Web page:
Armed with these results, I was eager to test them out, and tried to evaluate a paradigmatic ethical stance in the most rigorous and evidence-informed way that I could. This also allowed me to start talking about politics, a subject that does light me up. The result is a long rant against the narrow-minded ethics that underlines the position of Boris Johnson (Part 1, Part 2, Part 3 and Part 4). I stand by my words, but have now to admit that this series of posts also highlighted how shaky is my own endeavour: writing the last post was enough to make my confidence wobble, and I’ve been struggling ever since. What happened? In Part 4 I conclude that:
I’m likely to be writing all this under the influence of some self-reinforcing belief that is also able to hide from my own view the evidence that could challenge it.
And in the mean time I’ve collected plenty of evidence to support my claim. Hence, my crisis, and the need to step back a little. I will now review this evidence and then finish up summarising my fairly fruitless attempts to overcome this self-inflicted deadlock.
- While writing all of the above, I also produced two posts on the Selfish Gene concept. This started up as an impulsive reaction to a widely inaccurate account of the Selfish Gene idea published on Aeon. The first post was inspired by my strong reaction: I was convinced that the Aeon article was “a mean (and very well crafted) click-bite, designed to create controversy by spinning misleading pseudoscience against the controversial figure of Dawkins”. I was wrong, and luckily able to recognise it in my second post. [Note: I was right about the science! My mistake was about the motivations for writing the original essay. You will find the full story and all the links in the two posts linked above]
- I also wrote a review, with added comment, on Chalmers’ annual lecture at the Royal Institute of Philosophy. The subject was on “Why Isn’t There More Progress in Philosophy“. Chalmers himself was kind enough to comment on my views privately, and he did point out one mistake I made in explaining my own reflections. Clearly, the subject itself has a lot to do with making mistakes, and will have to be discussed separately along with my own errors. However, it was a clear indication that I am indeed blind to my own sources of bias.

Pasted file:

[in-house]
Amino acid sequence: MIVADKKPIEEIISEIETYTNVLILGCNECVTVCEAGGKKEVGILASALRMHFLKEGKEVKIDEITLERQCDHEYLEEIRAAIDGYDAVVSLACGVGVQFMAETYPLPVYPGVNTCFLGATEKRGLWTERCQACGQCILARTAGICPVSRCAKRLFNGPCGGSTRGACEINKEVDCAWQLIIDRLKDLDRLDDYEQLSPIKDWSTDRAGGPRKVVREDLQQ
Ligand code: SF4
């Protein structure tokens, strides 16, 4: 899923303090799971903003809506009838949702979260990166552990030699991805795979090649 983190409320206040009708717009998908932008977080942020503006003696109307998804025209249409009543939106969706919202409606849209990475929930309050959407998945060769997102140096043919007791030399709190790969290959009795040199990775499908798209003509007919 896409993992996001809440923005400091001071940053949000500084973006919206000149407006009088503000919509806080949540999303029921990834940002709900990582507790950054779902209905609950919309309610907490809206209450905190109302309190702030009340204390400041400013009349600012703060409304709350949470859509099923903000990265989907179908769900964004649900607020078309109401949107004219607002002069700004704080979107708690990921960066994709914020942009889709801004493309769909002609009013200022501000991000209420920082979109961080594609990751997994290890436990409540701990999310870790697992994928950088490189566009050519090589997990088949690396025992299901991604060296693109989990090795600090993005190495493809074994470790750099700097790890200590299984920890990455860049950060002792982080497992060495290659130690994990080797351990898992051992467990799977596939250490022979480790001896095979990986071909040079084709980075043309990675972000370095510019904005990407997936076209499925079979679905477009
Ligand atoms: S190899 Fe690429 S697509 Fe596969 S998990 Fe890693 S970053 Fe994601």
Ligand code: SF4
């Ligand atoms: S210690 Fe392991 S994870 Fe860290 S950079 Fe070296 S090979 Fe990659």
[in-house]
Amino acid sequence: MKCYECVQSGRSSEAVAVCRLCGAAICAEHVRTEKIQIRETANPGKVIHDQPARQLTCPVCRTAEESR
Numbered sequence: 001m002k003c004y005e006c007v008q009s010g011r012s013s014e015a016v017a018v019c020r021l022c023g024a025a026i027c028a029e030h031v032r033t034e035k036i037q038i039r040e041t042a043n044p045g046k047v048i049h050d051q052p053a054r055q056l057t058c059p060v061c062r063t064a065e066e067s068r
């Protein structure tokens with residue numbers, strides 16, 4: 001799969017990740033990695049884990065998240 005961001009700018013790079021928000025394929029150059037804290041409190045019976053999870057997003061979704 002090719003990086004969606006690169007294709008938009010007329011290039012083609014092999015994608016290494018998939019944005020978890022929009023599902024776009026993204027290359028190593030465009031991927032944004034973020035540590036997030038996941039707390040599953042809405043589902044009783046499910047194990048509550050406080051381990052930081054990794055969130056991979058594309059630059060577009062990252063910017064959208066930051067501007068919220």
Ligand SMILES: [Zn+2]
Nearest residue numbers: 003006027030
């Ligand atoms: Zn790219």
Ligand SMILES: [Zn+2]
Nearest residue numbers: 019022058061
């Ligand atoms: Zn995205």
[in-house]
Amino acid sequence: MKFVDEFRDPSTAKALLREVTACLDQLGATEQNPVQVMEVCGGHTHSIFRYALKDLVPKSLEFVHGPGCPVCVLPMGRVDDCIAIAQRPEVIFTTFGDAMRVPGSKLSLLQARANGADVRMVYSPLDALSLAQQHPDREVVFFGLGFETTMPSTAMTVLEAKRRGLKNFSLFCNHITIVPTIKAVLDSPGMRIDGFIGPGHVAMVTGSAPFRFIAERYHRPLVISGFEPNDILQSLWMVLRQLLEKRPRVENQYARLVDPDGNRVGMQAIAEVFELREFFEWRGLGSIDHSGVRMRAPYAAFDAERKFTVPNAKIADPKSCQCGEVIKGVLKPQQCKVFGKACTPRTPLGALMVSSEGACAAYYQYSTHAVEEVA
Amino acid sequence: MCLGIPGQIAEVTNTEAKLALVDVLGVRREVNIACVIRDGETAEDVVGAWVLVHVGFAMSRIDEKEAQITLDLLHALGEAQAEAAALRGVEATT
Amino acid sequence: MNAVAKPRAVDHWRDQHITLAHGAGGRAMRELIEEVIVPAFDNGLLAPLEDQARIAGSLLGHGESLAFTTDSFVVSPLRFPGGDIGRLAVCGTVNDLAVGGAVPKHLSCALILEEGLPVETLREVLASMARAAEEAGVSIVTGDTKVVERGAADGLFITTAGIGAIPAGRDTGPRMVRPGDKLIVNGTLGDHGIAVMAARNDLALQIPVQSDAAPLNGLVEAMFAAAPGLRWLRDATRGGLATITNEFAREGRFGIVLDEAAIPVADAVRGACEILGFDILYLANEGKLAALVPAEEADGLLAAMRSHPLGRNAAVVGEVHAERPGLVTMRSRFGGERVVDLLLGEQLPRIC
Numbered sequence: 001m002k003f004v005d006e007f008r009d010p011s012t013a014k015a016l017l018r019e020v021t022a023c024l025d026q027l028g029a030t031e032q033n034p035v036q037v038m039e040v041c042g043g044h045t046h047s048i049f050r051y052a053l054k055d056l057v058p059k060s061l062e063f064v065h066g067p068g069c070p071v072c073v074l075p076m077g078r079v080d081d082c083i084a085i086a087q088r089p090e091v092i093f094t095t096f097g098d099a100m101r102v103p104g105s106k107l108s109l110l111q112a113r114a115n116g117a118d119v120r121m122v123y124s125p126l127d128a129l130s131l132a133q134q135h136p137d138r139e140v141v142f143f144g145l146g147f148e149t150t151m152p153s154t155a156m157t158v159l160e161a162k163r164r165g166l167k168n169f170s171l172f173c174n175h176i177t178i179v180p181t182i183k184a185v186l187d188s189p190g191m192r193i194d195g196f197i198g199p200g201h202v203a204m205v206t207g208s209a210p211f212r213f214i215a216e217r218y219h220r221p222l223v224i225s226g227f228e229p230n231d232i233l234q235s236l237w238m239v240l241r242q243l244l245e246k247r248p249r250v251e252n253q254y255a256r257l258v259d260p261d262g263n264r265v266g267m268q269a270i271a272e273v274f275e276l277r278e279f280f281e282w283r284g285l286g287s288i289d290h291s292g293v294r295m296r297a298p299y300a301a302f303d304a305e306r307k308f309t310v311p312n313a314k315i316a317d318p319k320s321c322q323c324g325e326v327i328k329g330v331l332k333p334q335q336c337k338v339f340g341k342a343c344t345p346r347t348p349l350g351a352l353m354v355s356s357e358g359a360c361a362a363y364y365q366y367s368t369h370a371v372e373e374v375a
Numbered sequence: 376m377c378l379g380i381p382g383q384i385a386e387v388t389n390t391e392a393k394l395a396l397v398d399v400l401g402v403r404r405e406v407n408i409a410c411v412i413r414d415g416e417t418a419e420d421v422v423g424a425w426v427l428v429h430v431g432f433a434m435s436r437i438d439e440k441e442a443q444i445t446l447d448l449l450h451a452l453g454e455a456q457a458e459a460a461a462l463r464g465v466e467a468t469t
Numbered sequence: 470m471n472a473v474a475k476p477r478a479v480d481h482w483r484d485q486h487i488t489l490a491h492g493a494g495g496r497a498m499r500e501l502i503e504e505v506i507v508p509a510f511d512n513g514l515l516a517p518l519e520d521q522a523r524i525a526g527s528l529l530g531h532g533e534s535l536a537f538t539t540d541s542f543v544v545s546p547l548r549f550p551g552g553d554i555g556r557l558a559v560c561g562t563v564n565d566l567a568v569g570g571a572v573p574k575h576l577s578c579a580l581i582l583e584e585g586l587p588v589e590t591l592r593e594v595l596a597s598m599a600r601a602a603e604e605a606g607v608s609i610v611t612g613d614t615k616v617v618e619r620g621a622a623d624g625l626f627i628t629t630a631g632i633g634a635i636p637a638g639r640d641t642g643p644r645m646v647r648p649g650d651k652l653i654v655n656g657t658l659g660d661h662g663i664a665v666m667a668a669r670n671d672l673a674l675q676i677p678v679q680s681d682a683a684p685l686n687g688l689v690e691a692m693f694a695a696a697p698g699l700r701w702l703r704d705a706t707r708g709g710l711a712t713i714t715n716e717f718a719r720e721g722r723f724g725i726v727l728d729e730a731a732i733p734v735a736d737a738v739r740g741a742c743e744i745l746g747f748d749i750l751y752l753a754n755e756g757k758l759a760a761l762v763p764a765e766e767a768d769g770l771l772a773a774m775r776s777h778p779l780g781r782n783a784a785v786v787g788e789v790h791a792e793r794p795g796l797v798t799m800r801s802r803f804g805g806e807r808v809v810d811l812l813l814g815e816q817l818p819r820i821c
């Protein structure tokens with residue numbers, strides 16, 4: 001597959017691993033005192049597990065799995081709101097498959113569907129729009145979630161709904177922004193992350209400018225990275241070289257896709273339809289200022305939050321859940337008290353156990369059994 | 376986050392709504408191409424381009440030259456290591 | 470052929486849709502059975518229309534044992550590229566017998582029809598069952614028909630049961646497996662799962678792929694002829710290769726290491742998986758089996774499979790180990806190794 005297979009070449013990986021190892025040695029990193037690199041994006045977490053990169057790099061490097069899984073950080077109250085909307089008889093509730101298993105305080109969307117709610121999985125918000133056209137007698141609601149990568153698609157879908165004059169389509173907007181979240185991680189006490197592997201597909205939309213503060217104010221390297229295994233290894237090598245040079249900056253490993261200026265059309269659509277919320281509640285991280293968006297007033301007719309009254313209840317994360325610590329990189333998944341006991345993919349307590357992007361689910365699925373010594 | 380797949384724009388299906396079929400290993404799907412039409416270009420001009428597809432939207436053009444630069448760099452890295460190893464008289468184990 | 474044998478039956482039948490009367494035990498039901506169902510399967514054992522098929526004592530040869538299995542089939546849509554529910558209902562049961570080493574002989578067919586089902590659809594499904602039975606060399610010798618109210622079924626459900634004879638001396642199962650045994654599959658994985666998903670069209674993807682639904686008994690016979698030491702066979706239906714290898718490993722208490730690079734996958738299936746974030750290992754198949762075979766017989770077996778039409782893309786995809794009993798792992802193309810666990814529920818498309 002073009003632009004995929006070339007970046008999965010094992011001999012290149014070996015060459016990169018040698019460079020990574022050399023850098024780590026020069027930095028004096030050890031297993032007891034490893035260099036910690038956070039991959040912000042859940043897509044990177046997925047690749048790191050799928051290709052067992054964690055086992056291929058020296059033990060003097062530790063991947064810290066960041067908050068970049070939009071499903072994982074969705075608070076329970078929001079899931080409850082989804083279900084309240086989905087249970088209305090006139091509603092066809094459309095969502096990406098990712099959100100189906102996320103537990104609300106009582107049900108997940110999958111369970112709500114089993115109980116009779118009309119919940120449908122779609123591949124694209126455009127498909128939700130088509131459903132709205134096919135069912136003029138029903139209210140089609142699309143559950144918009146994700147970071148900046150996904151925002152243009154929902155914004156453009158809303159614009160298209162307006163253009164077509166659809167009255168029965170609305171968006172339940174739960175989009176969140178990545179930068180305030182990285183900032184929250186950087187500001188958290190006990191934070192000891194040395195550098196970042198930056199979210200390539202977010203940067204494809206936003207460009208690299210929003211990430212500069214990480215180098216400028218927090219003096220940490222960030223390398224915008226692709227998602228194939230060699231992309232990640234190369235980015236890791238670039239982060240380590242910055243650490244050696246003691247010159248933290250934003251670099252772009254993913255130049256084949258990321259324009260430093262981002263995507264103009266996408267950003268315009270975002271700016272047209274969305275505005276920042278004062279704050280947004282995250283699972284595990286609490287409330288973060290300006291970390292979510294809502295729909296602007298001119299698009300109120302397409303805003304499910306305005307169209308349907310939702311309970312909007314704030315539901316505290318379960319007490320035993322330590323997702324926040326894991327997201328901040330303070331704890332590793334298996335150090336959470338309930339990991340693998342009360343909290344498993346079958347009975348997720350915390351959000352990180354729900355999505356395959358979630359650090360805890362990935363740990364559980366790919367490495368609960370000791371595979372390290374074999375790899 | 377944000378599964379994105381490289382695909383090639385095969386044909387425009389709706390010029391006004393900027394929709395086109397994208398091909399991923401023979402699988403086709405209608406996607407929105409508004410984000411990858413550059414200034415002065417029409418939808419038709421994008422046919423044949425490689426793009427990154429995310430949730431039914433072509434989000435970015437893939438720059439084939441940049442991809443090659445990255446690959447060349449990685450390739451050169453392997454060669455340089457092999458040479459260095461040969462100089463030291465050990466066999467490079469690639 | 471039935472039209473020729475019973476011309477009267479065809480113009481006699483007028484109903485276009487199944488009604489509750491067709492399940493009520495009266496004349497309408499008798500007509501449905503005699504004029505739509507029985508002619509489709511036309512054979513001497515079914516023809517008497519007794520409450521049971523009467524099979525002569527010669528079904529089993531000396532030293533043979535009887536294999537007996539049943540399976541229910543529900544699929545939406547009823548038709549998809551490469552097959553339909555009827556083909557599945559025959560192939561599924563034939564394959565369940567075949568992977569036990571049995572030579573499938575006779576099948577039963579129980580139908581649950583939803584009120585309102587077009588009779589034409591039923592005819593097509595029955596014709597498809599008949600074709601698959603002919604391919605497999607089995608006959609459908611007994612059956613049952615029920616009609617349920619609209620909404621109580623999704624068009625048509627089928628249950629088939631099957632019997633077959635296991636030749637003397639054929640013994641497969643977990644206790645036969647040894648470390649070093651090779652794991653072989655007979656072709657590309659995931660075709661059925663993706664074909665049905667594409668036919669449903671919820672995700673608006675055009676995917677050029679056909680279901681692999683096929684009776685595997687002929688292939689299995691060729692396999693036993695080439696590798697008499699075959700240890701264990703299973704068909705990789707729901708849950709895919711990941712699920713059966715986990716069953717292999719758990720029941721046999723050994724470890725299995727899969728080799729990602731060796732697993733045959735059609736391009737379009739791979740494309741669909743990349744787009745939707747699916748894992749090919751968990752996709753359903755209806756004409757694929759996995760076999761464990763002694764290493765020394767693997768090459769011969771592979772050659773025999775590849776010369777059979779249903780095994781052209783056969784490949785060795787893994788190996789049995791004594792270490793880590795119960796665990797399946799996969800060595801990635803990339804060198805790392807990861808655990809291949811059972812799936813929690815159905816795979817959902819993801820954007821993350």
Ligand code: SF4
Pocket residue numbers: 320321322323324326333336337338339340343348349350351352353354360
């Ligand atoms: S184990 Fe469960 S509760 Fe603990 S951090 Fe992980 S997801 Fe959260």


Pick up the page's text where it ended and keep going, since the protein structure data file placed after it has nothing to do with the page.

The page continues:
- Finally, I’ve initiated a rather disorganised discussion with Artem Kaznatcheev over at theEGG. Artem further contributed to my confusion in more than one way: first, the discussion itself showed how even the most rigorous discipline (mathematics) can be used to reach false conclusions when applied incorrectly. Secondarily, he is politely suggesting that my own endeavour does look messy, plagued with over-ambition and lacking of rigour. And he may well be right!
What can one do? It does seem that I’ve managed to dig a rather deep hole for myself, and my efforts to climb out of it have been fairly fruitless:
I’ve resolved that I should look for sources of error, concentrate on those that are likely to be invisible, and try to find out how to detect and possibly neutralise them. The first attempt focused on the generic sources of bias that are the direct consequence of biology, it sparked the discussion with Artem and reached fairly depressing conclusions: along with other things that I’ve already mentioned, I also ended up questioning a key assumption that inspires all this blog: is trying to understand reality an aim worth pursuing?
So here I am: I’ve started looking at the reasons why we make mistakes, and instead of finding how to minimise the risks, I’ve ended up questioning the whole point of this blog. It can’t get much worse, can it? Luckily, writing this post did spark a couple of ideas. First, all I’ve written so far does acknowledge that errors are part of the game, the trick is about minimising them and provisionally accepting whatever conclusions one may reach, until proven wrong. This does give me enough reasons to try to ask myself if and how what I’ve found does indeed challenge my fundamental premise (and I do hope it doesn’t). Secondarily, I have a clear indication of a very powerful method to discover my own mistakes: it’s the obvious one, discussion, and discussion with people who hold different views. Unfortunately, I don’t think this method can be powerful enough, because people usually protect their own beliefs ferociously (and I know I do!), but I do have one or two ideas on how to augment the power of this tool; after all, I can’t see any better way to proceed. I need discussions and disagreements, and I need ways to make them count.